Romo Chiropractic Blog

Posts for tag: bone

Chiropractors have long been known as “bone doctors” that help with neck and back pain.  Many don’t know that chiropractic can also help with bone issues that don’t involve pain… like osteoporosis.  Osteoporosis has been called a “silent killer” because there are no symptoms to alert someone to the condition, and because osteoporotic fractures often lead to reduced mobility and early death.

From the chiropractic perspective, osteoporosis isn’t a disease; it is an intelligent adaptation to altered biomechanics or nutrition.  Our bones are living matter that are constantly remodeling throughout our entire lives.  In addition our bones store calcium which it uses as structural support, and release calcium back into the blood for necessary bodily functions like the relaxation of muscle fibres.  We have an innate intelligence that designed our bones to take what calcium it needs to support ourselves structurally and hormones to keep our blood calcium in necessary concentrations.  The core factors determining bone density is the availability of building blocks and the body’s blueprint for calcium deposition into the bone.

The building block for bone density is calcium, which we should be getting from our diet.  In nature, calcium is present with other co-factors that are necessary for digestion, absorption, and deposition of calcium, such as Vitamin D, Magnesium, Manganese, Selenium, etc.  Not all vitamins are created equal.  Calcium carbonate, the most common (least expensive) form of calcium in vitamins, is the least digestible form.  Calcium citrate is a better option.  Digestion and absorption are also dependent on overall nutrition, pH of the body, digestive system health, and age.

The way calcium is deposited into the bone is dependent on what’s called “Wolff’s Law.”  Calcium is deposited in the bone where the weight is greatest.  Therefore, if bones are aligned properly, the calcium becomes deposited evenly around the bone.  The more weight-bearing exercise done, the more calcium is deposited in the bones.  If, however, the bones are misaligned, then the calcium supports the areas under excess stress, even forming bone spurs on one side and leaching calcium from the other side.  Over time, this adaptation to abnormal stress results in both osteoarthritis (bone spurs) and osteoporosis on the rest of the bone.

Chiropractic, therefore, operates on 4 levels to reverse the process of osteoporosis.

  1. Chiropractors look at your nutrition and make suggestions, which may include consultation with a holistic nutritionist or naturopath.
  2. Chiropractic adjustments over time align the bones better to stop further deposition of calcium into spurs and osteoporosis.
  3. Chiropractic adjustments to the entire spine help the entire nervous system and musculoskeletal system such that the circulation, digestion, hormones, and immunity can be improved and functioning at its best.
  4. Chiropractors also advise on lifestyle changes, including posture, stretches and exercises to support the body in healing, proper alignment and optimum functioning.
By Romo Chiropractic | Modesto | Chiropractor
July 10, 2012
Category: Uncategorized

The wrist is the name usually given to the eight carpal bones (the lunate, scaphoid, triquetrum, pisiform, trapezium, capitate, hamate and trapezoid carpals) that form the part of the hand closest to the forearm, and the joints that they form with each other and the bones of the forearm and hand. The radiocarpal joint connects the hand to the forearm and involves the distal end (furthest from the body) of the radius, the articular disc and eight bones of the wrist itself. The scaphoid, lunate, pisiform and triquetrum carpals articulate (connect) directly with the radius, whereas the other carpal bones are slightly more distal to (further from) the wrist joint. The proximal (closest to the body) parts of the five metacarpals are often included as anatomical components of the wrist.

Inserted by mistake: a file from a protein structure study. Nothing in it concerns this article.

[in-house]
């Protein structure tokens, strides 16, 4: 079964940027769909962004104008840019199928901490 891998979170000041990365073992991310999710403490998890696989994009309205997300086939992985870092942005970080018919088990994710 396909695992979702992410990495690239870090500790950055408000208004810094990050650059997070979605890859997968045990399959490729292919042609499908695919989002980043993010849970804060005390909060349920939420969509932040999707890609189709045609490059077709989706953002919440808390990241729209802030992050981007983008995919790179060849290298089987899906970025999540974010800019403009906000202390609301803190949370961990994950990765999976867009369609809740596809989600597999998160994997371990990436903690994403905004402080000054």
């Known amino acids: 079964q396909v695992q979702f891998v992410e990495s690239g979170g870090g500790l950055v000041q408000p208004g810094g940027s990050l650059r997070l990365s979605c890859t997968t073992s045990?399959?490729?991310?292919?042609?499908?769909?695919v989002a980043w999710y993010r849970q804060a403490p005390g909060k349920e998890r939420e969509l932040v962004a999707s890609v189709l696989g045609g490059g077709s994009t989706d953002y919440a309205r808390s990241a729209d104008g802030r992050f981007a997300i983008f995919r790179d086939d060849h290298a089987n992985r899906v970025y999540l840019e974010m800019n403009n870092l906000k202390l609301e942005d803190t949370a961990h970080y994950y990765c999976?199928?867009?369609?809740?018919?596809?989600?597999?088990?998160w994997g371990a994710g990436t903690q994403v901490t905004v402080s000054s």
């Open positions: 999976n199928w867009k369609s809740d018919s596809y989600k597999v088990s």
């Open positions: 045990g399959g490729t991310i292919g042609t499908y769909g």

As we all know from experience, a wide range of movement is possible at the wrist, and the radiocarpal joint allows for flexion (bending) extension (straightening), some hyperextension (bending back) abduction (movement away from the body) adduction (movement towards the body) and circumduction (circular movement of the hand from the wrist).

Although the ulna is larger than the radius, it tapers towards the wrist and becomes narrower. Here, at the end of the forearm, the head of the radius connects with the radial notch of the ulna to form the radioulnar joint. This is separated from the radiocarpal joint by the articular disc and allows for supination and pronation movements of the hand (rotating the palm of the hand to face-up and face-down positions respectively). Both the radiocarpal and radioulnar joints are synovial joints, the radiocarpal being a condyloid (or ellipsoid) joint whereas the radioulnar is a pivot joint.

The midcarpal joint occurs between the carpals most proximal to the wrist and those more distal. Between the carpal bones in each row (proximal or distal) are a series of intercarpal joints. These are a combination of synovial planar (sliding) and saddle joints, which allow a degree of movement in the lower hand, including flexion (bending toward the palm) and extension (straightening toward the back of the hand).

Each bone of the wrist is connected to its neighbors by one or more ligaments. Since there are a total of fifteen bones comprising the various wrist joints (the radius, ulna, eight carpals and five metacarpals), this gives rise to a complex arrangement of wrist ligaments. Two of the largest of these are the medial (ulnar) collateral ligament and lateral (radial) collateral ligament. The lateral collateral ligament connects the radius across the wrist to the scaphoid carpal, and the medial collateral ligament attaches the end of ulna to the triquetrum and pisiform carpals.